Writer: Bob Harras
Artists: Marcos Martin (p), Alvaro Lopez (i)
Publisher: DC Comics
Plot: As Tim and his captors begin to question his sanity, Tim's family remains in the dark about his return. In fact, Tim's best friend Mac has married Tim's wife, and Mac has ample motive to keep Tim from seeking out his family. In order to discourage Tim's efforts, Mac tells him that his family died during the accident. Needless to say, this news leaves Tim in a bad way, and the forces that hope to control him are looking to increase Tim's sense of isolation.
Comments: Nothing much happens in this issue, though there is some little character moments that did grab my interest. My fingers are crossed that Bob Harras is able to pick up the pace a bit in future issues as the central premise is sound enough that I don't want to see this book's readers eroded away by the current trend of drawn out storytelling. Now the relationship dynamic that is introduced in this issue is pretty interesting as Mac has decided to lie to Tim about what happened to his family. One has to question his motives for doing so. Of course, Tim wouldn't exactly be pleased to discover Mac married his wife. There's also a great little moment where Tim's mental state is brought into focus, as I rather enjoyed the scene where Tim confessed that he didn't remember having a child until Mac made mention of it. The question of whether Tim's mental state is being impacted by his power is also an engaging plot twist, in that it gives the character a unique hurdle to overcome. It essentially places a big question mark regarding the continued use of his new powers. There's also a nice little exchange where Tim is still having trouble adjusting to the idea that his powers makes physical contact lethal, and this idea makes for a powerful closing moment as another character is reminded of this limitation. The scene where the squad of soldiers pays a visit to the house that had played host to another breach event also conveys the idea of how unsettling these events are. I also rather enjoy the idea that Tim's overall sanity is actually a very real concern, as there are moments where the character is actually allowed to comes across as quite dangerous. The secondary plot involving the mystery woman also takes an interesting turn, as she is linked directly to the Herdsmen entities.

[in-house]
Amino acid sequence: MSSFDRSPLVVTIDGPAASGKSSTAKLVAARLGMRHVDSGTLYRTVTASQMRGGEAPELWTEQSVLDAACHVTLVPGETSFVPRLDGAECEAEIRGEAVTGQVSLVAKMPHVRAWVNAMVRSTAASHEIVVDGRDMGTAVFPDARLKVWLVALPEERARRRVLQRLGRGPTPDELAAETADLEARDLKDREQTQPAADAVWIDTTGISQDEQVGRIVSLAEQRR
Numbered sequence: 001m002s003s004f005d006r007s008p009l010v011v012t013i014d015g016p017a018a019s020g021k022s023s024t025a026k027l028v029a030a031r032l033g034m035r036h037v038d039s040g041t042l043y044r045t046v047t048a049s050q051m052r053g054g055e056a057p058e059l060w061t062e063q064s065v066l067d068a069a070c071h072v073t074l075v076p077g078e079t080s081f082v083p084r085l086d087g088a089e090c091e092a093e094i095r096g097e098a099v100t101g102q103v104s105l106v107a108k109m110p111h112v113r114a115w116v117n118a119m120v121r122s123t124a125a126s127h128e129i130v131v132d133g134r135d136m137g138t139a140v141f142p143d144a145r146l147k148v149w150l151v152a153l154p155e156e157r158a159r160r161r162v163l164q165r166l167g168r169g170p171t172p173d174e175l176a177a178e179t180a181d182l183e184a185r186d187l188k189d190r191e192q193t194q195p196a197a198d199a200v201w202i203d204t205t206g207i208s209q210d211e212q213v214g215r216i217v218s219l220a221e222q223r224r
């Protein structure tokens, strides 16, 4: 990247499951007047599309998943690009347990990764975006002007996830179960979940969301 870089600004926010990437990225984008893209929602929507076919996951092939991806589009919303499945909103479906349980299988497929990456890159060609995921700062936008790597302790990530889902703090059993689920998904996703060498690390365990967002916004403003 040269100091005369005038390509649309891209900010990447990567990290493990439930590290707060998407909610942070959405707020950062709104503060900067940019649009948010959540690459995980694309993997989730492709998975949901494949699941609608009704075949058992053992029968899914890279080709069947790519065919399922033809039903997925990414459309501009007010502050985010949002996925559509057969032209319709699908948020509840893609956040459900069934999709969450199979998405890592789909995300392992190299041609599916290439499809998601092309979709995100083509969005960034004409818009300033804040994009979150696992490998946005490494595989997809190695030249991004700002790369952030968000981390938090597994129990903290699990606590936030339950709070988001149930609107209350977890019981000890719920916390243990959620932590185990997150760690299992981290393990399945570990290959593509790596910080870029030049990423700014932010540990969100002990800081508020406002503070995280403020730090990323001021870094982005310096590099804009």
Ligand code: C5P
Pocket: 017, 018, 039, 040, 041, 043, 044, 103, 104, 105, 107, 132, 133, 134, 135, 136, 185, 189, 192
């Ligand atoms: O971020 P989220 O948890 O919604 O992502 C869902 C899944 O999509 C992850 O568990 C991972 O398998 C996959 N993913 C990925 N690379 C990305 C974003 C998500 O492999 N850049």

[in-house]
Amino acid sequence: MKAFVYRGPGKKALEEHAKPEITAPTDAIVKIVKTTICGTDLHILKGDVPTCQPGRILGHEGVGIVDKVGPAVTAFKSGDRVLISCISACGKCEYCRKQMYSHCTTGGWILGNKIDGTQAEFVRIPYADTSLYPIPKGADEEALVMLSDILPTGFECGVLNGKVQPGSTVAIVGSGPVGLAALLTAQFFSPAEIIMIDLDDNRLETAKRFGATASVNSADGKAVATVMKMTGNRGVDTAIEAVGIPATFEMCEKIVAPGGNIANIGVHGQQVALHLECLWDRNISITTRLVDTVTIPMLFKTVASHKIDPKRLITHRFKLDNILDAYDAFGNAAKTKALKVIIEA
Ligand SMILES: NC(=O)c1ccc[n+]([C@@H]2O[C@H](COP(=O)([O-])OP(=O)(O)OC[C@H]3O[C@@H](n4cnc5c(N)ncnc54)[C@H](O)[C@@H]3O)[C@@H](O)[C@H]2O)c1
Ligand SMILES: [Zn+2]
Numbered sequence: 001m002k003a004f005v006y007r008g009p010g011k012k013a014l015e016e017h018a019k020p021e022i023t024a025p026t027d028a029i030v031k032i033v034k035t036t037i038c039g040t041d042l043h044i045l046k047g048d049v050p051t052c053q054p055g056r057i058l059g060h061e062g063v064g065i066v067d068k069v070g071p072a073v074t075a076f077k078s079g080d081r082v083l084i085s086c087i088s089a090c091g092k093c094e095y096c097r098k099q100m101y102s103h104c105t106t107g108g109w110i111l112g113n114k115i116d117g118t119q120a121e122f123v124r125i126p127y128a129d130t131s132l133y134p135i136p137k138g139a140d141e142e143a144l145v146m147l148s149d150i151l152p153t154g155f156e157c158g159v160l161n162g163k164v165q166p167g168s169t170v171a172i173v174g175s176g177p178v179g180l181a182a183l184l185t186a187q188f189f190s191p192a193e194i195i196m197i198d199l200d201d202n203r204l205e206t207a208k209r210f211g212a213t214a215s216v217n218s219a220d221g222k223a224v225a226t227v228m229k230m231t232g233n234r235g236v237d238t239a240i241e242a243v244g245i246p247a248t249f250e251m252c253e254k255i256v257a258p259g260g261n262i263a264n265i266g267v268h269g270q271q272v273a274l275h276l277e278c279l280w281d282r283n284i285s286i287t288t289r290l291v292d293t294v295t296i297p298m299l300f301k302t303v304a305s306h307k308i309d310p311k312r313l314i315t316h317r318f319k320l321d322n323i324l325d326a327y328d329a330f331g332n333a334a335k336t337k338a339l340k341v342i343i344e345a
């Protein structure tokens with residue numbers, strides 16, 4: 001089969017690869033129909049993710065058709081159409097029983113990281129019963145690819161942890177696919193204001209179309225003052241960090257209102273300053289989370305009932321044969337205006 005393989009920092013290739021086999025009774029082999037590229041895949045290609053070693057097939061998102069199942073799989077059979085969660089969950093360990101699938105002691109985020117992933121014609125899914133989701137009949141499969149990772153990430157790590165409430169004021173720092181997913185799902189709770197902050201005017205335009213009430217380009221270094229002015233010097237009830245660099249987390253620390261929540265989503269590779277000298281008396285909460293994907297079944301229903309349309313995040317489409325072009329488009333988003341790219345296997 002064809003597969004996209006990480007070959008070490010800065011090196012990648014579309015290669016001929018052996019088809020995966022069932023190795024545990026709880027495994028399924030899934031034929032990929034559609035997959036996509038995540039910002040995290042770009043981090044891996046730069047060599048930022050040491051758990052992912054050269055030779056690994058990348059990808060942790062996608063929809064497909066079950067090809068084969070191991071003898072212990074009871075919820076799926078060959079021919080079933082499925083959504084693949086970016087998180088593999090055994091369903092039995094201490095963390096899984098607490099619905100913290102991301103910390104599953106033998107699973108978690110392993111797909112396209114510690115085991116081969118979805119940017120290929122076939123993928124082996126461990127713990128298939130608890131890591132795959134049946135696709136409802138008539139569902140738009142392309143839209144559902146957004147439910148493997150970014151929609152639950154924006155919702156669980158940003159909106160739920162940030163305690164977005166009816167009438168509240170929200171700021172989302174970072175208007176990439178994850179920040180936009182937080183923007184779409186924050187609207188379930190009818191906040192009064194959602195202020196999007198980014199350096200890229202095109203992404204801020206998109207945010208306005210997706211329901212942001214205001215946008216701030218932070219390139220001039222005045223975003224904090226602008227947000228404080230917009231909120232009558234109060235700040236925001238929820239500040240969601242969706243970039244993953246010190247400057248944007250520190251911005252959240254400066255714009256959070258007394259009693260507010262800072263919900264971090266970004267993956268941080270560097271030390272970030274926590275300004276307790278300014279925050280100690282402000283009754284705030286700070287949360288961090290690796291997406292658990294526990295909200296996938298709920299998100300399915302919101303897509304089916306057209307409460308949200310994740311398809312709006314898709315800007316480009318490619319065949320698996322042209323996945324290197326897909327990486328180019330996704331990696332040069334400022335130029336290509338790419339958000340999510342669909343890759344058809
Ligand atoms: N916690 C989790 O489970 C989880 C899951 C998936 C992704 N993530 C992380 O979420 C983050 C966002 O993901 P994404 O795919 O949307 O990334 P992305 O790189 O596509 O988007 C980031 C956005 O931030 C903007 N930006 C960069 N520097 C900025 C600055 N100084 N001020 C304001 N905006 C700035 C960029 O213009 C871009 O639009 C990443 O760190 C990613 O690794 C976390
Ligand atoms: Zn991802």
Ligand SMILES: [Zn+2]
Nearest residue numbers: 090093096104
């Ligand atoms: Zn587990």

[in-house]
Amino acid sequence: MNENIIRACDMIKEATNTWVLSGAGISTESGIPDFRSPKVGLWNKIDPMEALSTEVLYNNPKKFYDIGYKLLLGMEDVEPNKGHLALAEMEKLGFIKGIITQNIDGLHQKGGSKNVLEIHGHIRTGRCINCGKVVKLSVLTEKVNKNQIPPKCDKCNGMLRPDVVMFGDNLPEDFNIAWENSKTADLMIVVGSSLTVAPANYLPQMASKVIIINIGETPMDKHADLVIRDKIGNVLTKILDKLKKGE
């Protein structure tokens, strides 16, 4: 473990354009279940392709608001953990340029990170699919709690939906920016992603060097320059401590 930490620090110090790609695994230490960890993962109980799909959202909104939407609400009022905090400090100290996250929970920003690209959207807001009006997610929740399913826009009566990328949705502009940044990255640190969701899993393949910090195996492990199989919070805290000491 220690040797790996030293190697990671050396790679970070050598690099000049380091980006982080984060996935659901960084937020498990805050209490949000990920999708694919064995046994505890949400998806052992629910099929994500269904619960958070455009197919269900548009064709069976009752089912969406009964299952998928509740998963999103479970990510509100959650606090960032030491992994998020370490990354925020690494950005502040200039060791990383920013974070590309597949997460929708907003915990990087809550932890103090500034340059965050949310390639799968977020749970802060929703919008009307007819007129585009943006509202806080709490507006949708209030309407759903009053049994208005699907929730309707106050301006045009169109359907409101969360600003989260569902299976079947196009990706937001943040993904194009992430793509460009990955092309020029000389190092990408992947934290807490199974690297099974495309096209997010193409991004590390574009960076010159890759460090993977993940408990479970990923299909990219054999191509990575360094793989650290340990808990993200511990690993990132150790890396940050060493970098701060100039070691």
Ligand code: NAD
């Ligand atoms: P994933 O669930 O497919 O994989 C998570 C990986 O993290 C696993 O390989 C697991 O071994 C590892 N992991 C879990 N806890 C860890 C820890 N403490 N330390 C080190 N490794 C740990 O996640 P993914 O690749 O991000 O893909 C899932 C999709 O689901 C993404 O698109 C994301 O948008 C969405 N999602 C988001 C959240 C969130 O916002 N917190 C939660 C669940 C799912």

Marcos Martin turns in another fine issue. While most of this issue is a talking heads affair, the big impact moments are well presented, with the scene where Tim's lashes out in frustration after learning his wife was killed being the visual highlight of the issue. There's also a fairly disturbing looking sequence where the soldiers get a good look at what was waiting for them inside the house, and the horrified reactions on their faces relates how unsettling this discovery is. The credit page shot of the character also got the issue off to a good start, and the follow-up scene where Tim's frustration level grows to such a point that he nearly breaks free of the containment cube was nicely presented by the art. There's also a nice visual montage as Tate reflects on current events, as the art presents the young man as very close to putting together the pieces of the puzzle. The cover image of this issue also does a strong job of selling the chaos that is currently Tim's life.
What did you think of this book?
Have your say at the Line of Fire Forum!